HALLUCINATIONS IN PARKINSON’S DISEASE
Main symptoms of Parkinson’s disease
Parkinson’s disease (PD) is a slowly progressive degenerative disease of brain. The major symptoms are tremors (shivering), slowness of movements, stiffness and postural imbalance.  These symptoms lead to motor disability and interfere with walking, as well as with other activities of daily living.
Memory impairment in Parkinson’s disease
The mental functions are usually normal in patients with PD, however, 10% of patients can develop dementia (memory impairment along with other cognitive dysfunction), especially in later stages of illness.
What are hallucinations?
Other significant problem in people with PD in later stages is hallucination. Hallucination is often visual. In this condition, patient sees something, which is not there. For example, they may see snakes or lizards in their room (which are not there), and get disturbed with them. They may also see strangers in their house, which are supposedly there to spy on them or harm them. These hallucinations are very upsetting for the patient, making them anxious and depressed. Some patients also have sleep disturbance due to hallucinations.
What are the causes of hallucinations in patients with PD?
1.     Adverse effects of anti-parkinsonian medicines.
2.     Infections such as urinary tract infection or pneumonia,
3.     Side effects of other medications such as pain killers and sleeping pills,
4.     Parkinson’s disease mimic such as Diffuse Lewy body disease (DLBD). In DLBD, patients may have slowness and rigidity (just like PD). However, they have prominent hallucinations and dementia (unlike PD). Moreover, DLBD patients do not respond to levodopa treatment.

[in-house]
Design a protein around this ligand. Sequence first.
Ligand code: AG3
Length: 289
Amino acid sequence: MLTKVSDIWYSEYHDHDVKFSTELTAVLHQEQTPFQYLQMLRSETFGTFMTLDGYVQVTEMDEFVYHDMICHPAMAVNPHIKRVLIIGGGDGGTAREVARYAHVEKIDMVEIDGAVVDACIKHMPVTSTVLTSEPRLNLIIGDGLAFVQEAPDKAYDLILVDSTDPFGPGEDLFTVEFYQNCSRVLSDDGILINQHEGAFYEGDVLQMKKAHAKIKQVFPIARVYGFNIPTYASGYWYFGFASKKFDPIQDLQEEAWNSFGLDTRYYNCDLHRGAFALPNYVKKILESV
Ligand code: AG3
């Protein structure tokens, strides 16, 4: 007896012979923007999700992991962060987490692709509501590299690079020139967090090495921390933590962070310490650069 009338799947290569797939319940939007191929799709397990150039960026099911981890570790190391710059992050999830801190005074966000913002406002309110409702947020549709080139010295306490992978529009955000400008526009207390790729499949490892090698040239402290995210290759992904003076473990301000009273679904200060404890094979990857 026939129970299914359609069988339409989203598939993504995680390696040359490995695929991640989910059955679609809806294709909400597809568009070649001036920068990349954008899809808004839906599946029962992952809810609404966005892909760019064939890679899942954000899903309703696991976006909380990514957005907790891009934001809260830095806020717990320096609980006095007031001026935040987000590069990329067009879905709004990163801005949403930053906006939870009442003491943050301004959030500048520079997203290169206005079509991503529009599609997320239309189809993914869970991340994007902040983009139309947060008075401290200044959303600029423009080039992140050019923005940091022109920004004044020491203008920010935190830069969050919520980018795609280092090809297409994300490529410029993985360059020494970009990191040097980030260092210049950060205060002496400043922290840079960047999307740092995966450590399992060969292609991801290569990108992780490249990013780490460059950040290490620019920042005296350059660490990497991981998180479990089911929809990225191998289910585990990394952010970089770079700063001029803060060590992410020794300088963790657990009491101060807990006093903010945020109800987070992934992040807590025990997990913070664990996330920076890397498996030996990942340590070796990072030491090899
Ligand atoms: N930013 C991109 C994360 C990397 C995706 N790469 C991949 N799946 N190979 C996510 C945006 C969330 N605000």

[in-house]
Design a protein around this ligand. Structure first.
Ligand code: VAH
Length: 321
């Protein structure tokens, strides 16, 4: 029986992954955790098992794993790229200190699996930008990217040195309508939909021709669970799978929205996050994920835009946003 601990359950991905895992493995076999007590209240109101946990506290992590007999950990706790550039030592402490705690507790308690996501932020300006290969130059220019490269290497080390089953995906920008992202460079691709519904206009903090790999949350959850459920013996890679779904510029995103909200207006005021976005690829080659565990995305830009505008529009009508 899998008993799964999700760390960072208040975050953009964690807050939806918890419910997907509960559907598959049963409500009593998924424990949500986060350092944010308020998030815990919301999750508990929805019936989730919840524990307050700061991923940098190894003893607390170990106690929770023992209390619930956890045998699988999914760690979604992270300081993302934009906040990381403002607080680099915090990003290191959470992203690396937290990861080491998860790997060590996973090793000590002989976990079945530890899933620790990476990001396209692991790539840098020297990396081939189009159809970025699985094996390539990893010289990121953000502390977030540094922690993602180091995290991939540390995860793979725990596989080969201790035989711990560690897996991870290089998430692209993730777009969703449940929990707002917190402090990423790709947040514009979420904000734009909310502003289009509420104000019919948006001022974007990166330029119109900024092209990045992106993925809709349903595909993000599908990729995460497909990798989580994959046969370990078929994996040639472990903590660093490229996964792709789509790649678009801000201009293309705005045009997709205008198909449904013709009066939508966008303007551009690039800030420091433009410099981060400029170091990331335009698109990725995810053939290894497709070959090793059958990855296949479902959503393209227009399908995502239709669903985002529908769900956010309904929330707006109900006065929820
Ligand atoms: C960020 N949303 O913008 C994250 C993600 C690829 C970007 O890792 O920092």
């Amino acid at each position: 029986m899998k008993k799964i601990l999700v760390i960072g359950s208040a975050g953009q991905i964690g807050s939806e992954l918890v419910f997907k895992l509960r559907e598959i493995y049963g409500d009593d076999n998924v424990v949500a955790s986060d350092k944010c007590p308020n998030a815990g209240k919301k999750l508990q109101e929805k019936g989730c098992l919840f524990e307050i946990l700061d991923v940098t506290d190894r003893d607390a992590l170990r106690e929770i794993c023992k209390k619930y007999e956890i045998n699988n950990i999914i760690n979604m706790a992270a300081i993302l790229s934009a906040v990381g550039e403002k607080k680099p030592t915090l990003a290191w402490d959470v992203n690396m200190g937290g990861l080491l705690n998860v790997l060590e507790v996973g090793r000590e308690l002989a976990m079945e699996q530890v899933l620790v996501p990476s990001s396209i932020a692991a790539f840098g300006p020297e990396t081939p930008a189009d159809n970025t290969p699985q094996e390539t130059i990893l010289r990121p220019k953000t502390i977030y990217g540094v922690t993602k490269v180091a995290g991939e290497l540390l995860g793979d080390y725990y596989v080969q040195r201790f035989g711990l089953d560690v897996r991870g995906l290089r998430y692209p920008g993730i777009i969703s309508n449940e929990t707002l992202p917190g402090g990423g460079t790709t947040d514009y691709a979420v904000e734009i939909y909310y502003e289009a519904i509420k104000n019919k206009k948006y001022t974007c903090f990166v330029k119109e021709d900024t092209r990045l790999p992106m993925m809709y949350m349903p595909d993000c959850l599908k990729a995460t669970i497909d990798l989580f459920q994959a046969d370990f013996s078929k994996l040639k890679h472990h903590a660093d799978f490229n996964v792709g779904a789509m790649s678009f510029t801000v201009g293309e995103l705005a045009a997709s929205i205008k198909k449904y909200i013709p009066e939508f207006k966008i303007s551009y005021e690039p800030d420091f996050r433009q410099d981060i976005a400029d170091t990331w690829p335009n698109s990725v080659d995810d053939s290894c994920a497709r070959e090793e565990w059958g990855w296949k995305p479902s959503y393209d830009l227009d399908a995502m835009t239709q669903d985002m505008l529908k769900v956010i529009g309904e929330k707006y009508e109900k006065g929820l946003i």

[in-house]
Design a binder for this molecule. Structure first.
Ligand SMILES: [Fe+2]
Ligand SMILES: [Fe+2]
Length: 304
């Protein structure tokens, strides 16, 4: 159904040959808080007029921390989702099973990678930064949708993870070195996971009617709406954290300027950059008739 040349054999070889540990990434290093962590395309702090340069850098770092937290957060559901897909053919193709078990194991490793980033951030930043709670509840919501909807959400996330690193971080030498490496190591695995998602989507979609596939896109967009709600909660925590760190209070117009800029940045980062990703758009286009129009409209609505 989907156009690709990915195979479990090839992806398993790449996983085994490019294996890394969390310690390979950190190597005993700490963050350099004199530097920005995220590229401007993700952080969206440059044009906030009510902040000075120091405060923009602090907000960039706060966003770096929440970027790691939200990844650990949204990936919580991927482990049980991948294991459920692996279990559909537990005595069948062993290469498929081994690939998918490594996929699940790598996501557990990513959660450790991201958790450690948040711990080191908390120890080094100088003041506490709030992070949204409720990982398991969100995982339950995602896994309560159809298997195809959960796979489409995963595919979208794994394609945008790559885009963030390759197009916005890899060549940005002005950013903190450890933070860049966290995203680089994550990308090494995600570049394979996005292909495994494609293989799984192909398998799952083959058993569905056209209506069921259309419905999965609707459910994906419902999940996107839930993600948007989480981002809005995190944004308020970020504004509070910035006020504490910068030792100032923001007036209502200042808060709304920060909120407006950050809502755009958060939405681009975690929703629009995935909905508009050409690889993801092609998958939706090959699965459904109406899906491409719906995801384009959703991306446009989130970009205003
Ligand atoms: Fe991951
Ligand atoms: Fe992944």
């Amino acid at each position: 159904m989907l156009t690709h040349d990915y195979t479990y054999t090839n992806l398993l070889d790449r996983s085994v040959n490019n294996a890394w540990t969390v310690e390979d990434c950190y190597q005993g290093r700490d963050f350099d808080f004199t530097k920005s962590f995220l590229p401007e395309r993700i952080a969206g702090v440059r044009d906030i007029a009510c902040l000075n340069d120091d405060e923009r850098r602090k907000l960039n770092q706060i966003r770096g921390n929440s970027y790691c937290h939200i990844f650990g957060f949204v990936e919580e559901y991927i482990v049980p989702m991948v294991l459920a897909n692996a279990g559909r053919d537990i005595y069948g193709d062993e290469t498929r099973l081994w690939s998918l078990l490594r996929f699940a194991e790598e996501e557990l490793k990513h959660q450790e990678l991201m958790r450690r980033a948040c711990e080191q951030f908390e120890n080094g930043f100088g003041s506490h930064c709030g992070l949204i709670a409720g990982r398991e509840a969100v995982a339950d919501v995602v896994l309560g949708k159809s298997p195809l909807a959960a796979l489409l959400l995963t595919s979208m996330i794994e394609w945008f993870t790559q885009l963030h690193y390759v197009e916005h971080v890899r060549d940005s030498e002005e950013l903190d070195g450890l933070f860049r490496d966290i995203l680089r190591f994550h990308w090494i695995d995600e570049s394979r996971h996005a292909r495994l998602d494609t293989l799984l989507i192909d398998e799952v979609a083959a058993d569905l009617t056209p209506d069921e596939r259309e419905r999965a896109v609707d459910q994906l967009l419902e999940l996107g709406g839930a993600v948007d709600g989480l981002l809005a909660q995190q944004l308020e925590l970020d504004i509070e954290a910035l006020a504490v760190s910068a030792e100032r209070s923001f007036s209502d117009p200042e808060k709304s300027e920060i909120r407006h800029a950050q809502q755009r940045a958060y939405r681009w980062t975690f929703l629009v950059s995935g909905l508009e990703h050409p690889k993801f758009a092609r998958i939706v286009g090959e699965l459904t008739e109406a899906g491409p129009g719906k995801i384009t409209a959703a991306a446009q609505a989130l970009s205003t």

Other symptoms of psychosis in patients with PD
1.     Illusions,
2.     Delusions especially paranoid
3.     Confusion,
4.     Sleep disturbance
Delusion refers to a condition where a patient believes in something, even when there is an evidence of the contrary.
How common is psychosis in PD?
About one third of patients with PD suffer from psychosis. So, it is quite common.
How do we manage psychosis in patients with PD?
Management of psychosis can be done in a stepwise fashion as outlined below:
1.     Underlying alternate causes should be looked for and managed. This would include looking for infection and offending drugs.
2.     Comorbid psychiatric conditions, such as anxiety and depression, if present, should be treated.
3.     Minor symptoms such as vivid dreams or minor hallucinations (which are non-disturbing in nature) do not require any treatment.
4.     Anti-parkinsonian drugs should be reduced or stopped. First to eliminate are trihexiphenydyl, amantadine and selegeline/rasagiline. If psychotic symptoms persist, then, the next drugs to be reduced are dopamine agonists (ropinirole and pramipexole), entacapone and levodopa.
5.     In people with cognitive impairment, cholinesterase inhibitors such as rivastigmine or donepezil can be used.
6.     Anti-psychotic medication- quetiapine is the most commonly used.
7.     The first and only FDA approved drug for treating PD psychosis (hallucinations and delusions) is PIMAVANSERIN (Nuplazid). The dose is 34 mg capsules once daily.

DR SUDHIR KUMAR MD DM
Consultant Neurologist
Apollo Hospitals, Hyderabad
04023607777
drsudhirkumar@yahoo.com
https://www.facebook.com/bestneurologist/

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